A Two-Parted Poem Written at the End of Another Year in India

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Part I: Bus to Delhi

In this moment of bias,

as another city I leave behind faints
like a dazed beggar;

as the maroon monks
I sit beside
talk of god
knows what —

The jewels of Nagarjuna?
Life in general?
Breakfast?

I see the life I’ve been leading
has a little less tact
than I’d thought.

Who I am?

Where am I?

When will I ever grow up?

I’m living in India now but India
remains a mystery;
will always
remain a mystery.

Far away my country commits suicide
but I feel no obligation
to pay the taxes
it wastes
to pretend it’s not.

And my mind?

My mind is functioning sleekly,
ghostlike, pretending
my problems aren’t there.

The world
has always
been burning,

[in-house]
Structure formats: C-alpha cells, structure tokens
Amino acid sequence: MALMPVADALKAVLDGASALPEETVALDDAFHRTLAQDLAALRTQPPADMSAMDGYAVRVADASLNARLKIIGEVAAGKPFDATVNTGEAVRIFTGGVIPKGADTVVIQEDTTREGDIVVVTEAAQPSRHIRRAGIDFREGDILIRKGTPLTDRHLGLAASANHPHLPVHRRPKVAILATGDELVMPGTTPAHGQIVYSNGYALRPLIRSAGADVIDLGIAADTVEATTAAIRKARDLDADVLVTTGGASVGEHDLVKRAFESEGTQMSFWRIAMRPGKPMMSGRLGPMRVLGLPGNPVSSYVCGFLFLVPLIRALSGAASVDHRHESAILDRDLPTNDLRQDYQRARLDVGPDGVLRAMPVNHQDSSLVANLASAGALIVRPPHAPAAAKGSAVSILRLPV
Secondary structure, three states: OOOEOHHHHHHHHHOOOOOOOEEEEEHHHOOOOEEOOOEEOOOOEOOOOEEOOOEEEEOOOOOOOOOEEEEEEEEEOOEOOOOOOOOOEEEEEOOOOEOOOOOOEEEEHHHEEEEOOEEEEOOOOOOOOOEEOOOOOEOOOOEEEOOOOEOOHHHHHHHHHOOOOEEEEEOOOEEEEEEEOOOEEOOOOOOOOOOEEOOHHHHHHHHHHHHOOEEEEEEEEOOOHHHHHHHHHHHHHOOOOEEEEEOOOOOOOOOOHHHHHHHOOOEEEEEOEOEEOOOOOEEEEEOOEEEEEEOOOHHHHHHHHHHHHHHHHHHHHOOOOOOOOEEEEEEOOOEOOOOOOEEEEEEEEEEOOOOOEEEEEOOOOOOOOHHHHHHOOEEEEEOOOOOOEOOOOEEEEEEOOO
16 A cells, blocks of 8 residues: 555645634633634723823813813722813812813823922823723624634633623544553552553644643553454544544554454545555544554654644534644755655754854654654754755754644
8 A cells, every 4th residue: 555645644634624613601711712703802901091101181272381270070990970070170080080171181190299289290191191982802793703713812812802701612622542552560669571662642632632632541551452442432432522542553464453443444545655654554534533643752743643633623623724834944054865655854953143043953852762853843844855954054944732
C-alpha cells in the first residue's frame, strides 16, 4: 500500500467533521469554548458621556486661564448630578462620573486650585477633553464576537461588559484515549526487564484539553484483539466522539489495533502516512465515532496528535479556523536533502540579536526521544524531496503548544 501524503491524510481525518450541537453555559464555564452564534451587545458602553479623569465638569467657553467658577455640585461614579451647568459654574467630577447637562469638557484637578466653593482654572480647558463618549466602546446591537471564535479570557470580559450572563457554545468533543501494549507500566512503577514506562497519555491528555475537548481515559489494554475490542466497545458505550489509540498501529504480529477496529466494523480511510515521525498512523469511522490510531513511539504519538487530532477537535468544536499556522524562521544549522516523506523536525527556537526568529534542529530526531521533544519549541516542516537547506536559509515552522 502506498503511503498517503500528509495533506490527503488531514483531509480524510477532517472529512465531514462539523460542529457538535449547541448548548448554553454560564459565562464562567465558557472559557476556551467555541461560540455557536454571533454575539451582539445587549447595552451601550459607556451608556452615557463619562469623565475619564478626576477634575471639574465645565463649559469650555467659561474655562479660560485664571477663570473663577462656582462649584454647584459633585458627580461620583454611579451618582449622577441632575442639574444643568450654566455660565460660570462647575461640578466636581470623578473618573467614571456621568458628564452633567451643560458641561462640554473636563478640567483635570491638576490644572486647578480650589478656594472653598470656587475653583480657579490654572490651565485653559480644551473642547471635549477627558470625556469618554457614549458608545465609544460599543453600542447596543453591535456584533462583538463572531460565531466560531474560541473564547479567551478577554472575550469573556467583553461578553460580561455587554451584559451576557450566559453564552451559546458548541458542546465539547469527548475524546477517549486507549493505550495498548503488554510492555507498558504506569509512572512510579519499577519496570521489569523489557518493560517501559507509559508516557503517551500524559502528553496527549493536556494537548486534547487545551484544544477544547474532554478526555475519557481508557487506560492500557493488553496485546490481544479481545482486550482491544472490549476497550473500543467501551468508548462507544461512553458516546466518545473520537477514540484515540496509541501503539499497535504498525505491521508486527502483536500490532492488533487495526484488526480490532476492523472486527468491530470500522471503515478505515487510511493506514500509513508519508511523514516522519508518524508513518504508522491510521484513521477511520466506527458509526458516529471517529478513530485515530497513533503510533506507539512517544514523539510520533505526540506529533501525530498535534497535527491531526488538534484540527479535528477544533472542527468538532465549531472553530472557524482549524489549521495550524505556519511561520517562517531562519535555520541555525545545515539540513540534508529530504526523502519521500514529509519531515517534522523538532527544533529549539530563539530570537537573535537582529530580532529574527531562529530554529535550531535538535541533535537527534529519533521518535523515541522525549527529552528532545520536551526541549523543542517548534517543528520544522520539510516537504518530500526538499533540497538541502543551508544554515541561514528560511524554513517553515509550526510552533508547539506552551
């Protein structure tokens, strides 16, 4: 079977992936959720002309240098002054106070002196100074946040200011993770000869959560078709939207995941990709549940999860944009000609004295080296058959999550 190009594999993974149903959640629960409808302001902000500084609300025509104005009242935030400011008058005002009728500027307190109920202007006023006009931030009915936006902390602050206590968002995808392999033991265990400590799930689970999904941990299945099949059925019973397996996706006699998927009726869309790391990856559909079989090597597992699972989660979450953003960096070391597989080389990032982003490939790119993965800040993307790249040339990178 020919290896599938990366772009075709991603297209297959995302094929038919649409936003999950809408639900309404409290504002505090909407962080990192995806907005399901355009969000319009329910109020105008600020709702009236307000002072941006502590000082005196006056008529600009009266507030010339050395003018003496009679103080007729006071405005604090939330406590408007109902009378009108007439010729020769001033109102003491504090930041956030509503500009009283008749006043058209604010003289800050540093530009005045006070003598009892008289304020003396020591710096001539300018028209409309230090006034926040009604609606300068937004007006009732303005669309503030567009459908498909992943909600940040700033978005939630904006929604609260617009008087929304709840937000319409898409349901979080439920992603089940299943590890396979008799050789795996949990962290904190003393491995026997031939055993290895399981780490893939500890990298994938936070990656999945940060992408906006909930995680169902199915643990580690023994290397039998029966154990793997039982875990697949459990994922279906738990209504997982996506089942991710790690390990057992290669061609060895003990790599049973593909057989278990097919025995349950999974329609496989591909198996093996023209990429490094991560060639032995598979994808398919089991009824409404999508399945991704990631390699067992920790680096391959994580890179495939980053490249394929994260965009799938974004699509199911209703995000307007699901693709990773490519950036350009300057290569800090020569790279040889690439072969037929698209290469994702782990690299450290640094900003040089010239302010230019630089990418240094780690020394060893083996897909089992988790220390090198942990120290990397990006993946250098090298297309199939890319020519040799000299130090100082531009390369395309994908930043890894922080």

it says.
Let it burn. Focus
on the faces immediately around you, on the ashes
in your every breath.

Part II: Upon Returning to Jogibara

Back in my room I open the glowing rectangle to check the news
and the jewelry of it deafens me.

Gears,
things hung,
everything
on the brink.

The world I grew up in,
now only glimpsable through the web
is so foreign.

The days back there
just seem to hang there
like lynched men,

and the minutes
never seem able
to be divided
too
small.

I close the glowing rectangle and go outside
to smoke a cigarette in my hammock and look up
at Dharamshala.

The whole town’s electricity winks
off and on.

The moon hovers up from the mountains’ lowest hump.

Another year
comes to its end
in India.

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